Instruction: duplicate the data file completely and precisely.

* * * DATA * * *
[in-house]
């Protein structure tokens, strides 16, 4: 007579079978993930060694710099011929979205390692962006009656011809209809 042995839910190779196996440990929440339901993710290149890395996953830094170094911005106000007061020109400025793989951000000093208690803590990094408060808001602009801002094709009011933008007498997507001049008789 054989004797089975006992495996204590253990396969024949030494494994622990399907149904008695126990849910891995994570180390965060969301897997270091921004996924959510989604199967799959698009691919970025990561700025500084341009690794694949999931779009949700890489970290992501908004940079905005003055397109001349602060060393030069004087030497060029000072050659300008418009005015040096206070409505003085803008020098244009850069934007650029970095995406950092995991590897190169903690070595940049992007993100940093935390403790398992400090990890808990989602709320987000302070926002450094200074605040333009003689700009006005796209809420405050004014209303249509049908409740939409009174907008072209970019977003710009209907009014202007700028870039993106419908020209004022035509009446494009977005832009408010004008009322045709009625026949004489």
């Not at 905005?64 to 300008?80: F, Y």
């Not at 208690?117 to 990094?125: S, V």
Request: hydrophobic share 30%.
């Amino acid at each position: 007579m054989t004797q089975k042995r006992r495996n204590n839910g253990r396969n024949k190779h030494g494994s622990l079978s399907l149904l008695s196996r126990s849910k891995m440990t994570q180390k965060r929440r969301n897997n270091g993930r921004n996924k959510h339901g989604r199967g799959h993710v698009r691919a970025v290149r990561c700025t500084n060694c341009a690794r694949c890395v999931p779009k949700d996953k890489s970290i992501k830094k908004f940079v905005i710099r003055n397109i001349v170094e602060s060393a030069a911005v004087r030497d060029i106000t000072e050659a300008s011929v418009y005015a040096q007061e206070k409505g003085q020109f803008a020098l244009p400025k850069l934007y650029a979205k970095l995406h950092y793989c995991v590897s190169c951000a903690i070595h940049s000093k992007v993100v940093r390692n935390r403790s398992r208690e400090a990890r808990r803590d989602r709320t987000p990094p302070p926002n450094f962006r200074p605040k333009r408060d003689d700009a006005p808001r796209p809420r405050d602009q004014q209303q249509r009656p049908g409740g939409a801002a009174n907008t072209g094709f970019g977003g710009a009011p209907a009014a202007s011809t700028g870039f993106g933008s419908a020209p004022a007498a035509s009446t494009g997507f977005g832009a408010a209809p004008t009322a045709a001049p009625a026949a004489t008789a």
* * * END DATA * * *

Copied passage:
[in-house]
């Protein structure tokens, strides 16, 4: 007579079978993930060694710099011929979205390692962006009656011809209809 042995839910190779196996440990929440339901993710290149890395996953830094170094911005106000007061020109400025793989951000000093208690803590990094408060808001602009801002094709009011933008007498997507001049008789 054989004797089975006992495996204590253990396969024949030494494994622990399907149904008695126990849910891995994570180390965060969301897997270091921004996924959510989604199967799959698009691919970025990561700025500084341009690794694949999931779009949700890489970290992501908004940079905005003055397109001349602060060393030069004087030497060029000072050659300008418009005015040096206070409505003085803008020098244009850069934007650029970095995406950092995991590897190169903690070595940049992007993100940093935390403790398992400090990890808990989602709320987000302070926002450094200074605040333009003689700009006005796209809420405050004014209303249509049908409740939409009174907008072209970019977003710009209907009014202007700028870039993106419908020209004022035509009446494009977005832009408010004008009322045709009625026949004489």
């Not at 905005?64 to 300008?80: F, Y």
């Not at 208690?117 to 990094?125: S, V």
Request: hydrophobic share 30%.
């Amino acid at each position: 007579m054989t004797q089975k042995r006992r495996n204590n839910g253990r396969n024949k190779h030494g494994s622990l079978s399907l149904l008695s196996r126990s849910k891995m440990t994570q180390k965060r929440r969301n897997n270091g993930r921004n996924k959510h339901g989604r199967g799959h993710v698009r691919a970025v290149r990561c700025t500084n060694c341009a690794r694949c890395v999931p779009k949700d996953k890489s970290i992501k830094k908004f940079v905005i710099r003055n397109i001349v170094e602060s060393a030069a911005v004087r030497d060029i106000t000072e050659a300008s011929v418009y005015a040096q007061e206070k409505g003085q020109f803008a020098l244009p400025k850069l934007y650029a979205k970095l995406h950092y793989c995991v590897s190169c951000a903690i070595h940049s000093k992007v993100v940093r390692n935390r403790s398992r208690e400090a990890r808990r803590d989602r709320t987000p990094p302070p926002n450094f962006r200074p605040k333009r408060d003689d700009a006005p808001r796209p809420r405050d602009q004014q209303q249509r009656p049908g409740g939409a801002a009174n907008t072209g094709f970019g977003g710009a009011p209907a009014a202007s011809t700028g870039f993106g933008s419908a020209p004022a007498a035509s009446t494009g997507f977005g832009a408010a209809p004008t009322a045709a001049p009625a026949a004489t008789a």